Before we begin, let’s lay some groundwork. Vocabulary (or word study) isn’t done in a vacuum. You don’t pass out lists and have students memorize words and definitions (you don’t do that, do you?). If you used to, that’s changed with Common Core. Now, you are expected to integrate vocab into learning. Every time students run into a term they don’t get, you need to pause and help them decode it. It may be obvious from context, its parts (roots and affixes), but always–always—pay attention so students know unfamiliar words are not skipped. With Common Core, every nuance is important. It’s about uncovering knowledge.
34 Categories–Over 500 Links–of K-8 Links for Your Classes
I’ve spent a good chunk of time this summer updating my link collections so they are easier to wander through and reflect more topics you’re interested in. Here are 34 categories. K-MS are also subdivided by topics with age-appropriate links. The themed categories mix all ages together. I’m not sure which is better. It’s awfully difficult to differentiate by age considering the varied skill levels of students. Please forgive me if the grade-level categories don’t always hit the mark for you!
Remember: Any time students visit the internet, remind them of their rights and responsibilities, and the obligation to be good digital citizens.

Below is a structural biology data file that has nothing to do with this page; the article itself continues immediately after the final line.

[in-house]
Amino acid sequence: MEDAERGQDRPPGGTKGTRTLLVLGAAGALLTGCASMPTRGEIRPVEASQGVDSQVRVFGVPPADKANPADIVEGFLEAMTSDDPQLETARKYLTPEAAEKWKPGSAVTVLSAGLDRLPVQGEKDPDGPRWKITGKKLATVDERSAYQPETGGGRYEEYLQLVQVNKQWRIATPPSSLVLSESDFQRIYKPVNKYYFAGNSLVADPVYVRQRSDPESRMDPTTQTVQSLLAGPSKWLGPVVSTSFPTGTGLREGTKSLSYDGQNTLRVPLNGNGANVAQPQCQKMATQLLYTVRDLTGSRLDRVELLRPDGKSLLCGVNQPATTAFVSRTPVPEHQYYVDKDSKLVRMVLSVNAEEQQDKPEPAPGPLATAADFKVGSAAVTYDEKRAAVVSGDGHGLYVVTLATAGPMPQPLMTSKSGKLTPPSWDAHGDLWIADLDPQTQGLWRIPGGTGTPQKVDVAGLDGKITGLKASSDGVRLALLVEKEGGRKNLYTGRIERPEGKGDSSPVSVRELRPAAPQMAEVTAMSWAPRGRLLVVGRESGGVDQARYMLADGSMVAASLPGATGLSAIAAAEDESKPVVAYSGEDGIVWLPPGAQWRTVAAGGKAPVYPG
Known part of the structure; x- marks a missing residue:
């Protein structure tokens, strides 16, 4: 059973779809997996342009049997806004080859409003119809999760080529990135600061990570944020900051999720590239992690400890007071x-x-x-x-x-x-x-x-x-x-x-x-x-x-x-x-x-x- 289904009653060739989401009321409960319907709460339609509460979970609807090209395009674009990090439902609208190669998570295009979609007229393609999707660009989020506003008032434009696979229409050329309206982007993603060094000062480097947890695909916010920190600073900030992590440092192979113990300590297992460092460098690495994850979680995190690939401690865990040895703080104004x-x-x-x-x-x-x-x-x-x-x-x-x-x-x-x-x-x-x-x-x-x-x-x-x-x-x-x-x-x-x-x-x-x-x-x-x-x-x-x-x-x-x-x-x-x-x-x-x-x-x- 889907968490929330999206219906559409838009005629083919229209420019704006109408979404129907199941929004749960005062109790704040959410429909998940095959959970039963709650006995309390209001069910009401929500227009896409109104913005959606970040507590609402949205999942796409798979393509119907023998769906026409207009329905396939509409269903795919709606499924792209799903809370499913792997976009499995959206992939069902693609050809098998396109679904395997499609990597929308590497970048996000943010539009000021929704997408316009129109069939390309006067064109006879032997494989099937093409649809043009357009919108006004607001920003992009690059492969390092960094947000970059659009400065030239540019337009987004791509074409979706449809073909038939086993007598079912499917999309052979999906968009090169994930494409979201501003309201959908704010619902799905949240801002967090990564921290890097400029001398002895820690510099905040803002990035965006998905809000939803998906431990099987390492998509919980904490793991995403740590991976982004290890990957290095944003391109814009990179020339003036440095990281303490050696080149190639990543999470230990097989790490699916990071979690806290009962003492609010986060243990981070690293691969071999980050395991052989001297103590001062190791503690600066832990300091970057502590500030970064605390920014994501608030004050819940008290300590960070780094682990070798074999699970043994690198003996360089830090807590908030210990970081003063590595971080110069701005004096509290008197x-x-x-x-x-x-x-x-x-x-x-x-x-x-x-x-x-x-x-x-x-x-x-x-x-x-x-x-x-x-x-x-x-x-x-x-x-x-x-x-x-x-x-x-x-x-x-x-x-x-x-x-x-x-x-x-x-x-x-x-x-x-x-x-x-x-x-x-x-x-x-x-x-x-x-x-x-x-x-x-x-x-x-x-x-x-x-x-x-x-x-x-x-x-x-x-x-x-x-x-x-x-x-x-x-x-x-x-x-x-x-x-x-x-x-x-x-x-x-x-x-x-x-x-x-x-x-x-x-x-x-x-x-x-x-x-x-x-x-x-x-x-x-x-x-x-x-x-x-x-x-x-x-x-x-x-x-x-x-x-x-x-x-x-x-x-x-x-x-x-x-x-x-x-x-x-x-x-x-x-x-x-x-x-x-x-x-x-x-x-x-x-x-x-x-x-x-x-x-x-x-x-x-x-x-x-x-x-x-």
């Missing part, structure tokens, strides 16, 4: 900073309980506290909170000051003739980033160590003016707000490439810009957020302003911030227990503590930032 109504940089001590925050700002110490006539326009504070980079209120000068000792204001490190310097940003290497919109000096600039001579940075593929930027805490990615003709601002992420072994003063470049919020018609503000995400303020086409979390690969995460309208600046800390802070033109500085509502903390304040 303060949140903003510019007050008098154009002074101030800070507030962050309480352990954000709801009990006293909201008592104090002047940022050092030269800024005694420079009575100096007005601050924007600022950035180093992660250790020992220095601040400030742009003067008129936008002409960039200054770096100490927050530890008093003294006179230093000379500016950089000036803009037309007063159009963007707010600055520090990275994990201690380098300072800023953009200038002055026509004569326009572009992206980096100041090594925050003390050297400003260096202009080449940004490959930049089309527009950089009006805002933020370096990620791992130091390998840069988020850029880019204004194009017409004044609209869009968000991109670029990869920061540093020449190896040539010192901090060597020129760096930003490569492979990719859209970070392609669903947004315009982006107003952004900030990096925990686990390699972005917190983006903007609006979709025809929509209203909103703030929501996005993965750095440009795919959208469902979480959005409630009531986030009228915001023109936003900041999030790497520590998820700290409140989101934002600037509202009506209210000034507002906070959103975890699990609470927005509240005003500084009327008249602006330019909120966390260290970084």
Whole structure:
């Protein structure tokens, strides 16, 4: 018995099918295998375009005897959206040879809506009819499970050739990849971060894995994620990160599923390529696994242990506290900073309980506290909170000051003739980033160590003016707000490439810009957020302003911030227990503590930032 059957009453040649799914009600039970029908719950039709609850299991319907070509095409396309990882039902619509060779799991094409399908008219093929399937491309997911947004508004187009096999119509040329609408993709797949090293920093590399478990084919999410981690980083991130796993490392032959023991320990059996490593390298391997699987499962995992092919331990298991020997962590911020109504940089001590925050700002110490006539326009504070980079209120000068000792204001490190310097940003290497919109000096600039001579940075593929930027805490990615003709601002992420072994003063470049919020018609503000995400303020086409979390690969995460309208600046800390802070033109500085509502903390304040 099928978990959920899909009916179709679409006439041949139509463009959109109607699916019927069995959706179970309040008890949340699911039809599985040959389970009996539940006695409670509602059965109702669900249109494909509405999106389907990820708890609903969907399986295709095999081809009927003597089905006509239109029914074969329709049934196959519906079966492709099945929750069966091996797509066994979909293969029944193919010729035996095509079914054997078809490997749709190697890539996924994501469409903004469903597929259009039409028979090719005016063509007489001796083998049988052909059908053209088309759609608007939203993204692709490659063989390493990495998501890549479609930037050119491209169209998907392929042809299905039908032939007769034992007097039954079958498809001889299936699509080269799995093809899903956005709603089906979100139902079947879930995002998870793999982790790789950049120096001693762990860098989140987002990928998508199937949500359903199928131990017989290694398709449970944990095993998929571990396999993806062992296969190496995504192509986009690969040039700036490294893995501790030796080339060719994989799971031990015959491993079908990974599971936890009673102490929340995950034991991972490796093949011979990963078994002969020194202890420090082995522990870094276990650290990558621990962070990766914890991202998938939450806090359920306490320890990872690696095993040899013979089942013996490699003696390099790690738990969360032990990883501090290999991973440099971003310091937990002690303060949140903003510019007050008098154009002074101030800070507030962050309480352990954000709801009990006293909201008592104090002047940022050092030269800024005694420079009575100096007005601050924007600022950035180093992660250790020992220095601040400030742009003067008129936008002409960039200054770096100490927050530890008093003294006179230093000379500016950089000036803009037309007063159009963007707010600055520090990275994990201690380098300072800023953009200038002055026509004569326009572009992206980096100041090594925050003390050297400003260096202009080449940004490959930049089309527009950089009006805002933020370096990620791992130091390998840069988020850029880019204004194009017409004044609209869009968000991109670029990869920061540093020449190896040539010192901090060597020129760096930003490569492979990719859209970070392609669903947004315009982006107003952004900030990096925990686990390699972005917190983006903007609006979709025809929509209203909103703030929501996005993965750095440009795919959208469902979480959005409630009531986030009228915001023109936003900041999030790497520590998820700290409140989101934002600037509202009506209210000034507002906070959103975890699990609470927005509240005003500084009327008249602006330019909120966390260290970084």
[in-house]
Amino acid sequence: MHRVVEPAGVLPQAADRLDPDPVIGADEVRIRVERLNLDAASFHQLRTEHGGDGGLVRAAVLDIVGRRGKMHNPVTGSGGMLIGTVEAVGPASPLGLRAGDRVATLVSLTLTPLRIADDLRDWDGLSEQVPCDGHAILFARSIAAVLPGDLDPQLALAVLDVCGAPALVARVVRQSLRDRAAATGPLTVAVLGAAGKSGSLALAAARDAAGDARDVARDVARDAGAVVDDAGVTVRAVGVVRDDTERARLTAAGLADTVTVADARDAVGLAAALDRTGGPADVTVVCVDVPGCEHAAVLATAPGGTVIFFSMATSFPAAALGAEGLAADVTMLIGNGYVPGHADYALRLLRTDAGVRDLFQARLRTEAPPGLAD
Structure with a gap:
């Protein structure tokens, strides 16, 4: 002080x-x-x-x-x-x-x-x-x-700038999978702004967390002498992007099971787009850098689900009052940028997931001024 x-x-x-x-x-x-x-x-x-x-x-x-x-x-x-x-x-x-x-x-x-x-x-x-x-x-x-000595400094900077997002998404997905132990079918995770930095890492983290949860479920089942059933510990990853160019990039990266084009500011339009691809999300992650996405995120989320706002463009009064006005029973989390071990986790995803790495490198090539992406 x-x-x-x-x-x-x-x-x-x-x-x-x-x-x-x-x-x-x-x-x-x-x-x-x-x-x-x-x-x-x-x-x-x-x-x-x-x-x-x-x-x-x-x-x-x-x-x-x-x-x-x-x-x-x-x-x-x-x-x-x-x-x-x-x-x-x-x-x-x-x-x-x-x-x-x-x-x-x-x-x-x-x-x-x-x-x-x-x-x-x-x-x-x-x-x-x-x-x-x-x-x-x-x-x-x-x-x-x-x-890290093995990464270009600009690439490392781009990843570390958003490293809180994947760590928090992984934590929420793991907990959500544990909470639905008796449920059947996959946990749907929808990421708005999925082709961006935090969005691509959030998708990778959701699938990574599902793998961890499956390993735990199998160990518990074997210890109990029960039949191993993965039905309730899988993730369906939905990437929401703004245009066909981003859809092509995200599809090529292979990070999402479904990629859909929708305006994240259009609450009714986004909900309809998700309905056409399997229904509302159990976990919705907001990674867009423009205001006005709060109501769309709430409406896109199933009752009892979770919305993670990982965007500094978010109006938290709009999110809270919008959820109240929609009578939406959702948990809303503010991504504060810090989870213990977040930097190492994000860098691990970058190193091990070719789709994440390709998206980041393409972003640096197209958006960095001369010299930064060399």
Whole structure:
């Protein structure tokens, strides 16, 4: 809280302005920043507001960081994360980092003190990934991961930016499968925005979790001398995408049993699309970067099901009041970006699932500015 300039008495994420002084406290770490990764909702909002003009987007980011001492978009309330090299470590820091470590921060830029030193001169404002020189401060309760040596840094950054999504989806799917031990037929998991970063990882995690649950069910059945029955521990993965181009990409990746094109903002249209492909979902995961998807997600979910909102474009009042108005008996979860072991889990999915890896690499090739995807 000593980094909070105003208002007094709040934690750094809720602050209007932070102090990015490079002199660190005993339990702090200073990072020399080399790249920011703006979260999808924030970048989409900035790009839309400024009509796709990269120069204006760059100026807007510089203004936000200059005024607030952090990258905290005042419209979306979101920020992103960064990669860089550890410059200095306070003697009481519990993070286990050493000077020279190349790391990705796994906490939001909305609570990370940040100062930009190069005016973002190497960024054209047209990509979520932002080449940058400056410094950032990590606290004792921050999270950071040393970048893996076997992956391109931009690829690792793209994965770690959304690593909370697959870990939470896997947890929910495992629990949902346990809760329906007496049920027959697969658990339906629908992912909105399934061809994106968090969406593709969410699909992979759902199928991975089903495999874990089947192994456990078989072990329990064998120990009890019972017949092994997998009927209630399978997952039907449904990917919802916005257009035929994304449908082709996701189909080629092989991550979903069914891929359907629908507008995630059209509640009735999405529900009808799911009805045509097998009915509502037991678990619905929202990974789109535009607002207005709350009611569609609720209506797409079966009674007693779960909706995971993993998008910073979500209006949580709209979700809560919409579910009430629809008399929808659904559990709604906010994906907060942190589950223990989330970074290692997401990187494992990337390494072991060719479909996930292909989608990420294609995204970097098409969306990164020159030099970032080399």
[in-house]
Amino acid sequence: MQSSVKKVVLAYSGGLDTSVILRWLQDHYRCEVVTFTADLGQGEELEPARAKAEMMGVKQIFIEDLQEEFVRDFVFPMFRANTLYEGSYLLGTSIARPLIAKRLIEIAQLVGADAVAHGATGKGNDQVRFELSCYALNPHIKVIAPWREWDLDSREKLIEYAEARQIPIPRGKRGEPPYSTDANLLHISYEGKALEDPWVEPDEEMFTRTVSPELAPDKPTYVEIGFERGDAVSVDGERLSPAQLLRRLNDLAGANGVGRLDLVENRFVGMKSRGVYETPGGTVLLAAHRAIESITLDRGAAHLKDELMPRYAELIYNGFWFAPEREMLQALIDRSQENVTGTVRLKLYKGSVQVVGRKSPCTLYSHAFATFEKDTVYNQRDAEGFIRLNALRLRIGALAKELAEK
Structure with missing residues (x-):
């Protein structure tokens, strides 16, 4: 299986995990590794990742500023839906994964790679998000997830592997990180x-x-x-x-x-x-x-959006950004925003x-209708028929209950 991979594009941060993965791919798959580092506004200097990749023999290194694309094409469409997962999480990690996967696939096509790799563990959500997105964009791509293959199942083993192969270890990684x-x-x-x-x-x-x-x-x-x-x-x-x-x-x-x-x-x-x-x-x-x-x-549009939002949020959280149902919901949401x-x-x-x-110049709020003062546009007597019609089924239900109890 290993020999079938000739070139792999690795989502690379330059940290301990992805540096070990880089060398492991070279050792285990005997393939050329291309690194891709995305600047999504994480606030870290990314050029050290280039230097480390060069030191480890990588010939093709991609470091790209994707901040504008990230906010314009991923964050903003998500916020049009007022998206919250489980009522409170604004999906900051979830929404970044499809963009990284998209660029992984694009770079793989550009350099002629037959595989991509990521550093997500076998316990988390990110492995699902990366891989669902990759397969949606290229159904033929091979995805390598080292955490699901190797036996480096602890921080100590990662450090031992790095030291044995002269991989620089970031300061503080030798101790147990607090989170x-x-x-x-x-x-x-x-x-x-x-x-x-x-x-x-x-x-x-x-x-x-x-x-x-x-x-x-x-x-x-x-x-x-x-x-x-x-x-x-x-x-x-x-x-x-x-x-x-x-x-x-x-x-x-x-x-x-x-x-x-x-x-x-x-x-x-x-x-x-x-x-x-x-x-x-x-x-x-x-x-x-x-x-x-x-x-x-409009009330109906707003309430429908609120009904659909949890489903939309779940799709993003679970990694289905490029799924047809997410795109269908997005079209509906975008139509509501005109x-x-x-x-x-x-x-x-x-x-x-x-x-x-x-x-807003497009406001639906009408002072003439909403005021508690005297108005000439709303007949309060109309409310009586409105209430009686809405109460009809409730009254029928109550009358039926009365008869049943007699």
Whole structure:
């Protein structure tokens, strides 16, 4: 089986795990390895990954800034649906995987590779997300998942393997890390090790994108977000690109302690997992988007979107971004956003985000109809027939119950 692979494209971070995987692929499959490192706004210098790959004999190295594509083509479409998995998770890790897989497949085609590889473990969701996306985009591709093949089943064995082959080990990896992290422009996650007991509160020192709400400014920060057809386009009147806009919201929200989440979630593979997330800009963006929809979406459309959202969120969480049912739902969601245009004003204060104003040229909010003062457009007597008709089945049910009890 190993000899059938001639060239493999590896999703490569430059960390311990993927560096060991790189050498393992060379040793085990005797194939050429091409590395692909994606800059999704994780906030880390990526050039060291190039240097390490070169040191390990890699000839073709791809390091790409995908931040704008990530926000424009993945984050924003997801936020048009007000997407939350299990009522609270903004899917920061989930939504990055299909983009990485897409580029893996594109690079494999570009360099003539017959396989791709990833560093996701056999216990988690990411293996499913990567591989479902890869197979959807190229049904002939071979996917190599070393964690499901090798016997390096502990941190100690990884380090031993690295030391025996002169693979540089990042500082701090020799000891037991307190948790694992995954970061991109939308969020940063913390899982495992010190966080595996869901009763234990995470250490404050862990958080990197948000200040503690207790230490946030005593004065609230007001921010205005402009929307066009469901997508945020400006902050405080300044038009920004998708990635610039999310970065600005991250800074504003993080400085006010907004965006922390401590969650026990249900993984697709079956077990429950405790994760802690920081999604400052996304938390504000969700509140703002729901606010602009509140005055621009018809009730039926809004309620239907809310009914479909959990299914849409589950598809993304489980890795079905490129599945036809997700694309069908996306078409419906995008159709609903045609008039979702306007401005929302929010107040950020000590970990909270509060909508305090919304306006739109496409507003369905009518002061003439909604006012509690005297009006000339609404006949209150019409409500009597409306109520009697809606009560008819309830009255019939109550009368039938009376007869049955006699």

Tech Tip #62: Email from Word (Or PowerPoint or Excel)
As a working technology teacher, I get hundreds of questions from parents about their home computers, how to do stuff, how to solve problems. Each Tuesday, I’ll share one of those with you. They’re always brief and always focused. Enjoy!
Q: I was helping one of the faculty at my school. She couldn’t print a document (server problems) so I suggested she email it to herself at home and print it there. She started going online to her Yahoo account and I stopped her. Click the email tool on the Word toolbar. She was so excited–an epiphany! What fun to share that with her. She was so happy about it, I’m going to email it to all the teachers in the school (I’m the tech teacher). (more…)
Book Review: Common Core Lesson Plans
THE KEY TO ALIGNING YOUR K-5 CLASS WITH COMMON CORE STATE STANDARDS
30 Projects that integrate technology into core lesson plans
The Key to Aligning Your K-5 Class with Common Core State Standards is for classroom teachers, technology integration specialists and lab professionals, as a resource for aligning your technology program with the Common Core State Standards now implemented in forty-six states. You will find it a foundational tool for scaffolding technology into the areas of math, language, reading, writing, speaking and listening as is required in CCSS. Overall, they are authentic approaches to student-centered learning, asking the student to be a risk-taker in his/her educational goals and the teacher to act as guide. The essential questions are open-ended and conversations organic and inquiry-driven, ultimately asking students to take responsibility for the process of their own learning.